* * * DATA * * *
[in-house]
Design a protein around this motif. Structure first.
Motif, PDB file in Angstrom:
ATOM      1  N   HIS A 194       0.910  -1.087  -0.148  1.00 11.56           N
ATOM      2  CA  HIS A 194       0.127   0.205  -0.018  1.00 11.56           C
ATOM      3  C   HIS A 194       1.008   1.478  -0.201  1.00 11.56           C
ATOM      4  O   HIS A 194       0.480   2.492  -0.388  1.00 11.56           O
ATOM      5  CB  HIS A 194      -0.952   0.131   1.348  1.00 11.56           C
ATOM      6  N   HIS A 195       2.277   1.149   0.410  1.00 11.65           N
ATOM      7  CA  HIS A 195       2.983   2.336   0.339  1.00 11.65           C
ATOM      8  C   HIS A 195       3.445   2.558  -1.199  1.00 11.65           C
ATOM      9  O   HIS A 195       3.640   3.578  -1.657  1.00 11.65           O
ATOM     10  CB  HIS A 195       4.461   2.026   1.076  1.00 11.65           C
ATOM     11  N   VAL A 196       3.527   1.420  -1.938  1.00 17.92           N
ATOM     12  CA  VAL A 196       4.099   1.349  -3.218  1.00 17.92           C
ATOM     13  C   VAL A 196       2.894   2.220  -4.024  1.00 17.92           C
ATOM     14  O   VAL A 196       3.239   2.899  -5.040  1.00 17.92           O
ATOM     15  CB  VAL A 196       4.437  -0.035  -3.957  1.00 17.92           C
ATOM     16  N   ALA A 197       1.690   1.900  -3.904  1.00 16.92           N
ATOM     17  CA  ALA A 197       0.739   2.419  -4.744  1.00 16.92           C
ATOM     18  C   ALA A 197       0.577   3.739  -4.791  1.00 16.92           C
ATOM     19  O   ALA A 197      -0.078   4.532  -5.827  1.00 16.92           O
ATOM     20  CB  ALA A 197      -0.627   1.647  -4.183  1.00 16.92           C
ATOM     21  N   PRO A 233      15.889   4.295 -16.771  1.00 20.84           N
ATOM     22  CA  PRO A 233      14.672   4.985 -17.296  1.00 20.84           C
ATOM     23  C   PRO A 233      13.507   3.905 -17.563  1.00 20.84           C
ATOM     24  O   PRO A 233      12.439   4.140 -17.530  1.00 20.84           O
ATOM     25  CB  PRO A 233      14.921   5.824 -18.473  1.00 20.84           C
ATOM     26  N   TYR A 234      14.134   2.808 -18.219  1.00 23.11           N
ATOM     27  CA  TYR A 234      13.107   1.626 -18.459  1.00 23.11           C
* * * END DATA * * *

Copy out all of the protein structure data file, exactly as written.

[in-house]
Design a protein around this motif. Structure first.
Motif, PDB file in Angstrom:
ATOM      1  N   HIS A 194       0.910  -1.087  -0.148  1.00 11.56           N
ATOM      2  CA  HIS A 194       0.127   0.205  -0.018  1.00 11.56           C
ATOM      3  C   HIS A 194       1.008   1.478  -0.201  1.00 11.56           C
ATOM      4  O   HIS A 194       0.480   2.492  -0.388  1.00 11.56           O
ATOM      5  CB  HIS A 194      -0.952   0.131   1.348  1.00 11.56           C
ATOM      6  N   HIS A 195       2.277   1.149   0.410  1.00 11.65           N
ATOM      7  CA  HIS A 195       2.983   2.336   0.339  1.00 11.65           C
ATOM      8  C   HIS A 195       3.445   2.558  -1.199  1.00 11.65           C
ATOM      9  O   HIS A 195       3.640   3.578  -1.657  1.00 11.65           O
ATOM     10  CB  HIS A 195       4.461   2.026   1.076  1.00 11.65           C
ATOM     11  N   VAL A 196       3.527   1.420  -1.938  1.00 17.92           N
ATOM     12  CA  VAL A 196       4.099   1.349  -3.218  1.00 17.92           C
ATOM     13  C   VAL A 196       2.894   2.220  -4.024  1.00 17.92           C
ATOM     14  O   VAL A 196       3.239   2.899  -5.040  1.00 17.92           O
ATOM     15  CB  VAL A 196       4.437  -0.035  -3.957  1.00 17.92           C
ATOM     16  N   ALA A 197       1.690   1.900  -3.904  1.00 16.92           N
ATOM     17  CA  ALA A 197       0.739   2.419  -4.744  1.00 16.92           C
ATOM     18  C   ALA A 197       0.577   3.739  -4.791  1.00 16.92           C
ATOM     19  O   ALA A 197      -0.078   4.532  -5.827  1.00 16.92           O
ATOM     20  CB  ALA A 197      -0.627   1.647  -4.183  1.00 16.92           C
ATOM     21  N   PRO A 233      15.889   4.295 -16.771  1.00 20.84           N
ATOM     22  CA  PRO A 233      14.672   4.985 -17.296  1.00 20.84           C
ATOM     23  C   PRO A 233      13.507   3.905 -17.563  1.00 20.84           C
ATOM     24  O   PRO A 233      12.439   4.140 -17.530  1.00 20.84           O
ATOM     25  CB  PRO A 233      14.921   5.824 -18.473  1.00 20.84           C
ATOM     26  N   TYR A 234      14.134   2.808 -18.219  1.00 23.11           N
ATOM     27  CA  TYR A 234      13.107   1.626 -18.459  1.00 23.11           C